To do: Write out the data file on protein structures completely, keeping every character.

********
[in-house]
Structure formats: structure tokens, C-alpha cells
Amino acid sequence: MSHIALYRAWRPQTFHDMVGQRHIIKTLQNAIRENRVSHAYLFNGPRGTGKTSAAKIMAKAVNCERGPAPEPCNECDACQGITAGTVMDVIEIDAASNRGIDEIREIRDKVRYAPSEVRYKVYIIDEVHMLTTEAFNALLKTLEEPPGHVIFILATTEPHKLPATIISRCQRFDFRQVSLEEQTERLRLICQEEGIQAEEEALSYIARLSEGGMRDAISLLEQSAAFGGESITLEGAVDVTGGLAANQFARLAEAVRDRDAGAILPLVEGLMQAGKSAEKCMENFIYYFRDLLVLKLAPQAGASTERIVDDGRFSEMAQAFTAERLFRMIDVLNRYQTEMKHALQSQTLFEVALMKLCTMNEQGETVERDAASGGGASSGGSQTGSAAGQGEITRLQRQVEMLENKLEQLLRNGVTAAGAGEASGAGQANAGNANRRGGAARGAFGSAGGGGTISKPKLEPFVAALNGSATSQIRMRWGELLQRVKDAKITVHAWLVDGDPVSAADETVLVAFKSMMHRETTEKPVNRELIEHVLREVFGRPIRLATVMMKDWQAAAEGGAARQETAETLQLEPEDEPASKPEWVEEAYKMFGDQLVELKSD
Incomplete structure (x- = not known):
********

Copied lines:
[in-house]
Structure formats: structure tokens, C-alpha cells
Amino acid sequence: MSHIALYRAWRPQTFHDMVGQRHIIKTLQNAIRENRVSHAYLFNGPRGTGKTSAAKIMAKAVNCERGPAPEPCNECDACQGITAGTVMDVIEIDAASNRGIDEIREIRDKVRYAPSEVRYKVYIIDEVHMLTTEAFNALLKTLEEPPGHVIFILATTEPHKLPATIISRCQRFDFRQVSLEEQTERLRLICQEEGIQAEEEALSYIARLSEGGMRDAISLLEQSAAFGGESITLEGAVDVTGGLAANQFARLAEAVRDRDAGAILPLVEGLMQAGKSAEKCMENFIYYFRDLLVLKLAPQAGASTERIVDDGRFSEMAQAFTAERLFRMIDVLNRYQTEMKHALQSQTLFEVALMKLCTMNEQGETVERDAASGGGASSGGSQTGSAAGQGEITRLQRQVEMLENKLEQLLRNGVTAAGAGEASGAGQANAGNANRRGGAARGAFGSAGGGGTISKPKLEPFVAALNGSATSQIRMRWGELLQRVKDAKITVHAWLVDGDPVSAADETVLVAFKSMMHRETTEKPVNRELIEHVLREVFGRPIRLATVMMKDWQAAAEGGAARQETAETLQLEPEDEPASKPEWVEEAYKMFGDQLVELKSD
Incomplete structure (x- = not known):